RAMPANT INDIVIDUALISM IN THE
REPUBLIC OF TEXAS
WILLIAM RANSOM HOGAN
The Republic of Texas gave exuberant expression to the spirit
described by Walt Whitman as "the American contempt for
statutes and ceremonies, the boundless impatience of restraint."
This temper characterized many American frontiers, yet for
more than a century pronounced individualism has marked Texas
as a region apart, even in the West. Phrases such as "those
traditional and genuine individualists, the Texans" constantly
recur in the writings of respected moderns.
The exact beginnings of a trait attributive to a region must
remain among the insolvable problems of history. Perhaps
it germinated in connection with the uniqueness of the estab-
lishment of the Republic of Texas and the maintenance of its
independence. Certainly the frontier commonwealth attracted
a group of unconformable leaders, headed by coruscating Sam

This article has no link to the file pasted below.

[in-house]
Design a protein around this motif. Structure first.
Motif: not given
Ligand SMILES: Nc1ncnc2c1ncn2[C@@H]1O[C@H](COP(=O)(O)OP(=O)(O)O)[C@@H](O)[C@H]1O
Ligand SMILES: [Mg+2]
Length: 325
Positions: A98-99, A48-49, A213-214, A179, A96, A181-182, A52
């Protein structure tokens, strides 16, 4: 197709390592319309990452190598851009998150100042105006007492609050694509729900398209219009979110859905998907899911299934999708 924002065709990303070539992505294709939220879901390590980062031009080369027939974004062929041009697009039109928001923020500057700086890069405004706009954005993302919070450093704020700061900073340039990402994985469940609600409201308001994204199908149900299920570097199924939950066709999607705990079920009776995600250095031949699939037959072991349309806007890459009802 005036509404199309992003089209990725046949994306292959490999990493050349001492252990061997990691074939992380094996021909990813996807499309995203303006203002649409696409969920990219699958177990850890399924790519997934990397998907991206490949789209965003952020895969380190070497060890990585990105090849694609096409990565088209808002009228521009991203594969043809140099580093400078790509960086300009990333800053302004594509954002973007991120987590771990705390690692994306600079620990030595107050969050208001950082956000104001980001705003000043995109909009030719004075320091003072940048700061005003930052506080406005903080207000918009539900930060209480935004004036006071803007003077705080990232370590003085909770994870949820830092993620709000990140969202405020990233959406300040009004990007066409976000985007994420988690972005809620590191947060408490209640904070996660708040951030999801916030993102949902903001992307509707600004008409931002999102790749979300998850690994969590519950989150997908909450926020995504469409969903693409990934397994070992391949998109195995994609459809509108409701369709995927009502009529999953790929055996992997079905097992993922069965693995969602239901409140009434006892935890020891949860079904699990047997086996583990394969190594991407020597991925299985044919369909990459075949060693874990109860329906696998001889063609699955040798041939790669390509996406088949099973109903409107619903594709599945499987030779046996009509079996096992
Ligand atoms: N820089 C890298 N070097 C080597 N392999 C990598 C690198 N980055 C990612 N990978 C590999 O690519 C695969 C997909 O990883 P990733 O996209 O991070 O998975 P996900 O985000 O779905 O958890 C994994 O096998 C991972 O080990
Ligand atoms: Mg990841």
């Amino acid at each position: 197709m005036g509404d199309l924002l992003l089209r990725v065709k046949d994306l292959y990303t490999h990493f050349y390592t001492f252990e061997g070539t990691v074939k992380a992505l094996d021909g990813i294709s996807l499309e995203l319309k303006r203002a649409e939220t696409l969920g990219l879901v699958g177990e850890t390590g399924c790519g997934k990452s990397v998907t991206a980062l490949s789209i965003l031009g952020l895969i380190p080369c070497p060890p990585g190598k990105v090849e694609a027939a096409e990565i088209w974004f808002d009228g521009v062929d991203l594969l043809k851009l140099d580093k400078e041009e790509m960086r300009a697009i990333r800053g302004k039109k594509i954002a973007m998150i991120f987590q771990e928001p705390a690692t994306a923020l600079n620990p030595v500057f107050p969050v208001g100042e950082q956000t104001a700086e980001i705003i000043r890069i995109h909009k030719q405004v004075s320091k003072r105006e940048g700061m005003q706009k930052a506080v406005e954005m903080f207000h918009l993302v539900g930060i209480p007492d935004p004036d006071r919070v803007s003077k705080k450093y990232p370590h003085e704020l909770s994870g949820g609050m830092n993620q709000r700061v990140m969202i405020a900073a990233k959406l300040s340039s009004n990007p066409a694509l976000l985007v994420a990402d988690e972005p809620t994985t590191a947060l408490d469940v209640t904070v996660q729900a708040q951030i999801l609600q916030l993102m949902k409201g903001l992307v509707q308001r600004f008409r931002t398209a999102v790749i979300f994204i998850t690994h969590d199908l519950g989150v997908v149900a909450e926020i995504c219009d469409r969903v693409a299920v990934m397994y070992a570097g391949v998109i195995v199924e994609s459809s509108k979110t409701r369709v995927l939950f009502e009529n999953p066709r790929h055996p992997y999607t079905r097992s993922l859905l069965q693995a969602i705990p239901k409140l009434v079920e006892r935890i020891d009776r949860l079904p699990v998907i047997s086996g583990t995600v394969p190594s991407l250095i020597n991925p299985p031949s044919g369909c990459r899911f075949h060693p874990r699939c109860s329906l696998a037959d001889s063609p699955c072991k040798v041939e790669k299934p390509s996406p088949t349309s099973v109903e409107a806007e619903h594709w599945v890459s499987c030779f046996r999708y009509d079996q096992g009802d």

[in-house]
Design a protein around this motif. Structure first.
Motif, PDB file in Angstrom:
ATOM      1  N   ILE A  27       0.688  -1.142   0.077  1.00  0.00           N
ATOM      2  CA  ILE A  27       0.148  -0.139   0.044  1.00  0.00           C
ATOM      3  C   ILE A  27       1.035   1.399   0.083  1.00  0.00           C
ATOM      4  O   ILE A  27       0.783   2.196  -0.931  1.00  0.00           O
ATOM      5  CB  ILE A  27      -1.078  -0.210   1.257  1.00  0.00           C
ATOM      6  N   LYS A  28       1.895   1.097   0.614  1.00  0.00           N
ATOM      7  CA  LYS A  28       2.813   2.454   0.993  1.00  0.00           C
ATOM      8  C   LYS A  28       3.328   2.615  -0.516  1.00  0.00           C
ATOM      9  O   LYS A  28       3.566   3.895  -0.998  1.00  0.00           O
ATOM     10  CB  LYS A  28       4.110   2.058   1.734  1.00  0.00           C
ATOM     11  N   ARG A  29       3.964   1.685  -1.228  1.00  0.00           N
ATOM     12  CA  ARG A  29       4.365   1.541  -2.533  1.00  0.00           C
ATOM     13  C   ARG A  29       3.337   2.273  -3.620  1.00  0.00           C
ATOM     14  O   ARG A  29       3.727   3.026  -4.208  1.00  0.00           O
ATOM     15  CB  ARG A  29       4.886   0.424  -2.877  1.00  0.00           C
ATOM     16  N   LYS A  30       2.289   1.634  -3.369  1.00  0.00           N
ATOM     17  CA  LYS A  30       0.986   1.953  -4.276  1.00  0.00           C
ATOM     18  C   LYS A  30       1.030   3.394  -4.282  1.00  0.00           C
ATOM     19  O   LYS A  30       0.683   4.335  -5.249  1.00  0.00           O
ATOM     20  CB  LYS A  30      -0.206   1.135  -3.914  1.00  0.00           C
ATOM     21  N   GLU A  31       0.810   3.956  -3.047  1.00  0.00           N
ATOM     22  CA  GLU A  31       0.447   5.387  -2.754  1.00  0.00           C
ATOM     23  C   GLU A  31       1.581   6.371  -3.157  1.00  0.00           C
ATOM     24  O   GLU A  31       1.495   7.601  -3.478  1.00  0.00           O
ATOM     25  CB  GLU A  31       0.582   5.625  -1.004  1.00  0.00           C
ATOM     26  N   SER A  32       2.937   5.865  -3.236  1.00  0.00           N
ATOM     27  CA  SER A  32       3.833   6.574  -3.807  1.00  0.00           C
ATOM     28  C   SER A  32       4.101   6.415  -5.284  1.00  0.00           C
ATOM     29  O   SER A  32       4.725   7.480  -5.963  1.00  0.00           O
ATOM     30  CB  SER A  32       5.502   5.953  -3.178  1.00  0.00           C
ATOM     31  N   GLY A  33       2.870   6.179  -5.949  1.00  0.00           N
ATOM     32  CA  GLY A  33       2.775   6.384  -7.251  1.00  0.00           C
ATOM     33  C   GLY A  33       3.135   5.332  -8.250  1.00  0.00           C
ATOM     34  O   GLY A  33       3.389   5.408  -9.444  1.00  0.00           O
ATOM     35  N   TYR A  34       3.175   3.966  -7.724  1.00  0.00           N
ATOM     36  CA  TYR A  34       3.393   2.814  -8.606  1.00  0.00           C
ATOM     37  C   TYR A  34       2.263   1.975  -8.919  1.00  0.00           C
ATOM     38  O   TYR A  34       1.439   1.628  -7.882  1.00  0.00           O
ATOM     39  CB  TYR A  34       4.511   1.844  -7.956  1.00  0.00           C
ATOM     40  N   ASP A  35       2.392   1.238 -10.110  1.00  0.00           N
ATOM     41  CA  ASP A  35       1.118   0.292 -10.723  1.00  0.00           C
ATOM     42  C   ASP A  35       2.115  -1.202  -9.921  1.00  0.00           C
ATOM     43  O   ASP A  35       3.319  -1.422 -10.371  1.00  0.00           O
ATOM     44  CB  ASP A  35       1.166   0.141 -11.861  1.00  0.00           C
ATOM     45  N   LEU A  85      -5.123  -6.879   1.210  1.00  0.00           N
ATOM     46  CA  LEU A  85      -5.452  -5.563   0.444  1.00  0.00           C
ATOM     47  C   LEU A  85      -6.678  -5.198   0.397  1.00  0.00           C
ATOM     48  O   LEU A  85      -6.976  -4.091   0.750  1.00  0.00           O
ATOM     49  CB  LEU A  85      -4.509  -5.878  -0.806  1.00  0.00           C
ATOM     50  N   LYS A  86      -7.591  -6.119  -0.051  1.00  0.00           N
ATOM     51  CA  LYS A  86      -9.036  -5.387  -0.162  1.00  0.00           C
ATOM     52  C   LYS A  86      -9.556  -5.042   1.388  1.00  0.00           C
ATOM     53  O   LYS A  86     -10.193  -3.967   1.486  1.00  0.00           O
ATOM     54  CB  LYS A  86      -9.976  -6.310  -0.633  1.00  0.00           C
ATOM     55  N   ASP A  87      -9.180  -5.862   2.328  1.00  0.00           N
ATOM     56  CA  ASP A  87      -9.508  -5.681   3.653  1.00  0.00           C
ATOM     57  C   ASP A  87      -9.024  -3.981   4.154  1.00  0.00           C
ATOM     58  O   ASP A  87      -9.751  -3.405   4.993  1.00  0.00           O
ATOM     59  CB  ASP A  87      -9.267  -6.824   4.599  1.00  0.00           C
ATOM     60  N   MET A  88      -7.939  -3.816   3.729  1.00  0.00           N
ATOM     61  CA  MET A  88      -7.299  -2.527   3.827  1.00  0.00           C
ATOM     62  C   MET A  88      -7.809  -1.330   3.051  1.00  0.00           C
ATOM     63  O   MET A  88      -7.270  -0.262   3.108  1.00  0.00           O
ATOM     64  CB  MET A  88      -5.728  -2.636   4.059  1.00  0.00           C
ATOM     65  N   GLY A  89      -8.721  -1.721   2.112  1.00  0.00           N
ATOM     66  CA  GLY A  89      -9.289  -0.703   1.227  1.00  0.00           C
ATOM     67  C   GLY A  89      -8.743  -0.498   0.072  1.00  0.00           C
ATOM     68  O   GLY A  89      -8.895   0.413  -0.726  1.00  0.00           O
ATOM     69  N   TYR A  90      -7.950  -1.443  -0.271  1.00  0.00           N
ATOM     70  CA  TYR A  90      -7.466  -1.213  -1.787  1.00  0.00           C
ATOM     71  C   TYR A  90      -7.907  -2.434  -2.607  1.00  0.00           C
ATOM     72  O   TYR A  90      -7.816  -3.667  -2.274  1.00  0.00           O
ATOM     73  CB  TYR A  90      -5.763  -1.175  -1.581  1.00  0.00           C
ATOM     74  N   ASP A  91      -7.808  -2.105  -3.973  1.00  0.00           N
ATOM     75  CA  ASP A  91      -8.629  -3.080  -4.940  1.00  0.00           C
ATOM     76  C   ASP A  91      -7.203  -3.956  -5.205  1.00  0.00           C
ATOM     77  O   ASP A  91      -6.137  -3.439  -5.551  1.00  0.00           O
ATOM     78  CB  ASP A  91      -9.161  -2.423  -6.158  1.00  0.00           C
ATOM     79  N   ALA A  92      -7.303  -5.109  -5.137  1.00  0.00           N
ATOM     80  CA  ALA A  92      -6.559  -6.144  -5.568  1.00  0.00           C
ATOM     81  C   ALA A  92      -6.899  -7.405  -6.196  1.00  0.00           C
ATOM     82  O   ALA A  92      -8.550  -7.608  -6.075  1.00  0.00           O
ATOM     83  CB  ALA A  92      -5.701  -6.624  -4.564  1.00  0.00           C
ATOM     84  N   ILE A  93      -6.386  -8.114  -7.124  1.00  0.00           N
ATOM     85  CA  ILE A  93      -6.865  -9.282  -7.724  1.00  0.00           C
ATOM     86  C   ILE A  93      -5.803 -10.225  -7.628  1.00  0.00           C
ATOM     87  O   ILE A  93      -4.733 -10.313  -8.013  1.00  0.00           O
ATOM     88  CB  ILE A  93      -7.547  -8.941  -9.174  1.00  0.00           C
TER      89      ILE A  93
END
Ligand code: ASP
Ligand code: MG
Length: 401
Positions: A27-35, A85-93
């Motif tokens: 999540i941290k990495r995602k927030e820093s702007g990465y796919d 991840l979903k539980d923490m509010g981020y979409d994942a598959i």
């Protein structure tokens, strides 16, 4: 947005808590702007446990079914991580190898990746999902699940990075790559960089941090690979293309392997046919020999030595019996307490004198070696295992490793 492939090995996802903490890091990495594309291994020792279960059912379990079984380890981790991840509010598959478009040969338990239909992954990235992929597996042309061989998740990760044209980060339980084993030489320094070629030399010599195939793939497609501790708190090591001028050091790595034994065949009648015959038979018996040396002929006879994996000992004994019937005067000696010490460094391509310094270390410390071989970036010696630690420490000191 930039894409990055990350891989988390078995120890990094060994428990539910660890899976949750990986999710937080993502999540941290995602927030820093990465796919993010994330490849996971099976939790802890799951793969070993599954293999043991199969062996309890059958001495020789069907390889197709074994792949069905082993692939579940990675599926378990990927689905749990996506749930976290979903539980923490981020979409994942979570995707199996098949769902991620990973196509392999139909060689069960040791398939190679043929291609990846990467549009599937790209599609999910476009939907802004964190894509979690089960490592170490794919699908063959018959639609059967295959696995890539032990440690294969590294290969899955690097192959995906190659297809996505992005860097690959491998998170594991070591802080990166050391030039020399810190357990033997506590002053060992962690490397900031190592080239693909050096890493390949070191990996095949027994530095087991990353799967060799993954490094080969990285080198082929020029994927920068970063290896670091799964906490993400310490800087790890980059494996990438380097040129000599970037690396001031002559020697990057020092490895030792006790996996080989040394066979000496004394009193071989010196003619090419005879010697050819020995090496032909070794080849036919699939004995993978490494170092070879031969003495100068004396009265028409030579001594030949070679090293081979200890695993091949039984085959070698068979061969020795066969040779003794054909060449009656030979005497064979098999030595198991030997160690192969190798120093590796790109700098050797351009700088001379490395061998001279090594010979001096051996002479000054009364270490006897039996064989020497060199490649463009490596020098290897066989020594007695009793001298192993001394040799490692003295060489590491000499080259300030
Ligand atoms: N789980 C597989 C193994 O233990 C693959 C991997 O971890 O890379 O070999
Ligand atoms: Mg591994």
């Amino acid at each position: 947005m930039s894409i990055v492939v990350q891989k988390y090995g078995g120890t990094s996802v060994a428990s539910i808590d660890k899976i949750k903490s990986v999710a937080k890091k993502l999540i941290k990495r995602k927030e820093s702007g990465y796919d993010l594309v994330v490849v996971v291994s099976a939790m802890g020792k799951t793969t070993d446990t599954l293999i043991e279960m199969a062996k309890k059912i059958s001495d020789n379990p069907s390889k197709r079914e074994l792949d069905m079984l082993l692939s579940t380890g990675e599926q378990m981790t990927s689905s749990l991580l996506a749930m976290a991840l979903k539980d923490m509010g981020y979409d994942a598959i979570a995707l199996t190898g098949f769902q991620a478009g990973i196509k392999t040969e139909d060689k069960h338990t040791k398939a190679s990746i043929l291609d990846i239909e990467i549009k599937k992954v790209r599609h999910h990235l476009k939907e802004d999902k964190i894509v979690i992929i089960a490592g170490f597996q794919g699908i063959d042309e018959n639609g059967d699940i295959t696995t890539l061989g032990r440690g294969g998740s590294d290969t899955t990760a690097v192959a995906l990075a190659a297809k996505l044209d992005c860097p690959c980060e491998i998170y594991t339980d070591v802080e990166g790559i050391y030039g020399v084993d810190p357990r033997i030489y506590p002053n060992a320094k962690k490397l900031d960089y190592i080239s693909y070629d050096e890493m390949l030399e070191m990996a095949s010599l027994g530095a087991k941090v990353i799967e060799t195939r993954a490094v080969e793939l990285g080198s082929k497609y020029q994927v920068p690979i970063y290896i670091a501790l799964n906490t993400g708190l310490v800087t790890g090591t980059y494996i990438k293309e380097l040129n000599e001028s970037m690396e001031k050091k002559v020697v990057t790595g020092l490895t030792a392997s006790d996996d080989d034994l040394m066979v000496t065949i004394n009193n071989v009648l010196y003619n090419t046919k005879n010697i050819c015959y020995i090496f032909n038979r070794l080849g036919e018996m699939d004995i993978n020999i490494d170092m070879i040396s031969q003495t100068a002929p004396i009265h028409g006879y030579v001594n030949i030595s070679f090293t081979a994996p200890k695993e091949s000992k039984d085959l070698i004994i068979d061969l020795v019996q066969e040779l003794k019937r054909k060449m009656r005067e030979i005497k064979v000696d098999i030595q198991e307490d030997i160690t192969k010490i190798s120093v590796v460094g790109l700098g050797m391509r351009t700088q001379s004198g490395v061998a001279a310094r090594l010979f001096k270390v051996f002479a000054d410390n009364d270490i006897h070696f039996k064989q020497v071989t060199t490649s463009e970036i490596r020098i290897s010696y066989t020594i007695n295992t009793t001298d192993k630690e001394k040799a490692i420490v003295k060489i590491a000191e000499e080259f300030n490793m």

Houston, and the whole country reflected-and still reflects-
their characteristics. If a key to the nature of William Barret
Travis, who led his men to patriotic suicide at the Alamo, is to
be found anywhere, it appears in his diary in the entry for
March 9, 1834: "Started to Mill Creek waters all swimming
& prairie so boggy-could not go- The first time I ever turned
back in my life." It is also true that the Texas reputation
for toughness in the 1830's and 1840's, whether deserved or
not, repelled timid prospective immigrants. And many were
rejected in the usual process of frontier selectivity. As one
recently arrived man wrote in 1839: "This country is full of
enterprising and persevering people the timid and the lazy
generaly return to the States."- In 1846 a visitor found an
economic basis for Texas independence, and concluded that "the
'William B. Travis, Diary, 1833-1834 (typed copy), 67, Starr Papers.
Unless otherwise indicated, all MSS. cited in this study are in the University
of Texas Library Archives.
2James Nicholson to Mrs. James Nicholson, June 6, 1839, Nicholson
Texas State Historical Association. The Southwestern Historical Quarterly, Volume 44, July 1940 - April, 1941. Austin, Texas. The Portal to Texas History. http://texashistory.unt.edu/ark:/67531/metapth146052/. Accessed April 25, 2014.